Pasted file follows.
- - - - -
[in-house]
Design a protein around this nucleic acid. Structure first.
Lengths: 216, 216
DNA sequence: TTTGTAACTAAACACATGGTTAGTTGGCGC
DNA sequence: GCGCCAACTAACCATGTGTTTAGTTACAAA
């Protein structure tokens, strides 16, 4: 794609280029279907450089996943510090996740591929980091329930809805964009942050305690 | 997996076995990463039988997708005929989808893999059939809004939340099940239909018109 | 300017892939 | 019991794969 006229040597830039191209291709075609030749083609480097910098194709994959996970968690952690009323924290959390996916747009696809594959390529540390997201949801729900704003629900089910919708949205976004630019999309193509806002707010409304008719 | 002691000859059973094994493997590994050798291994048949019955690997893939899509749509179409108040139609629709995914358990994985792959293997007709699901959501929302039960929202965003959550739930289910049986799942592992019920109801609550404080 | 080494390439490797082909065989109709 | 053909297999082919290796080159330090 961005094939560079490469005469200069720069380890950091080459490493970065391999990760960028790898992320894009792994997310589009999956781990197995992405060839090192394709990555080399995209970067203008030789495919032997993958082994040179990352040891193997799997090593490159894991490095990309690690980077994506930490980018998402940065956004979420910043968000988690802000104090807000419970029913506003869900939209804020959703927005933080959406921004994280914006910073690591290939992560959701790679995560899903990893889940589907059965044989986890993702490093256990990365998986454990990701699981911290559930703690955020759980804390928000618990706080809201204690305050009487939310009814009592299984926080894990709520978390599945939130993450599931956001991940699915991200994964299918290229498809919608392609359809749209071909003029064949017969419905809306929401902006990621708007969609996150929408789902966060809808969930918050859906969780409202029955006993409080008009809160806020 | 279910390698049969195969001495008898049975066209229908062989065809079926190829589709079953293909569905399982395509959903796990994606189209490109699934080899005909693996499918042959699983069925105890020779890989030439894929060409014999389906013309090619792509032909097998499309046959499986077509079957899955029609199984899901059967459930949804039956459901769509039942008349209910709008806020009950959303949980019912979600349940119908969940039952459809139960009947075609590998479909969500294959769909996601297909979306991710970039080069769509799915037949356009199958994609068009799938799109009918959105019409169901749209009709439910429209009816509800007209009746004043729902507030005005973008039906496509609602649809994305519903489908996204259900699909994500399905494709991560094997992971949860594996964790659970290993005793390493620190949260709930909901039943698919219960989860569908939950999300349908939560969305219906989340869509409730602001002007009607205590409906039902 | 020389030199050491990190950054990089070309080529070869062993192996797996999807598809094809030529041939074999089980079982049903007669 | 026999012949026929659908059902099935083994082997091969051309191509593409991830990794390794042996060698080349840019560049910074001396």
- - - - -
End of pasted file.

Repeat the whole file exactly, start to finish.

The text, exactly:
[in-house]
Design a protein around this nucleic acid. Structure first.
Lengths: 216, 216
DNA sequence: TTTGTAACTAAACACATGGTTAGTTGGCGC
DNA sequence: GCGCCAACTAACCATGTGTTTAGTTACAAA
């Protein structure tokens, strides 16, 4: 794609280029279907450089996943510090996740591929980091329930809805964009942050305690 | 997996076995990463039988997708005929989808893999059939809004939340099940239909018109 | 300017892939 | 019991794969 006229040597830039191209291709075609030749083609480097910098194709994959996970968690952690009323924290959390996916747009696809594959390529540390997201949801729900704003629900089910919708949205976004630019999309193509806002707010409304008719 | 002691000859059973094994493997590994050798291994048949019955690997893939899509749509179409108040139609629709995914358990994985792959293997007709699901959501929302039960929202965003959550739930289910049986799942592992019920109801609550404080 | 080494390439490797082909065989109709 | 053909297999082919290796080159330090 961005094939560079490469005469200069720069380890950091080459490493970065391999990760960028790898992320894009792994997310589009999956781990197995992405060839090192394709990555080399995209970067203008030789495919032997993958082994040179990352040891193997799997090593490159894991490095990309690690980077994506930490980018998402940065956004979420910043968000988690802000104090807000419970029913506003869900939209804020959703927005933080959406921004994280914006910073690591290939992560959701790679995560899903990893889940589907059965044989986890993702490093256990990365998986454990990701699981911290559930703690955020759980804390928000618990706080809201204690305050009487939310009814009592299984926080894990709520978390599945939130993450599931956001991940699915991200994964299918290229498809919608392609359809749209071909003029064949017969419905809306929401902006990621708007969609996150929408789902966060809808969930918050859906969780409202029955006993409080008009809160806020 | 279910390698049969195969001495008898049975066209229908062989065809079926190829589709079953293909569905399982395509959903796990994606189209490109699934080899005909693996499918042959699983069925105890020779890989030439894929060409014999389906013309090619792509032909097998499309046959499986077509079957899955029609199984899901059967459930949804039956459901769509039942008349209910709008806020009950959303949980019912979600349940119908969940039952459809139960009947075609590998479909969500294959769909996601297909979306991710970039080069769509799915037949356009199958994609068009799938799109009918959105019409169901749209009709439910429209009816509800007209009746004043729902507030005005973008039906496509609602649809994305519903489908996204259900699909994500399905494709991560094997992971949860594996964790659970290993005793390493620190949260709930909901039943698919219960989860569908939950999300349908939560969305219906989340869509409730602001002007009607205590409906039902 | 020389030199050491990190950054990089070309080529070869062993192996797996999807598809094809030529041939074999089980079982049903007669 | 026999012949026929659908059902099935083994082997091969051309191509593409991830990794390794042996060698080349840019560049910074001396």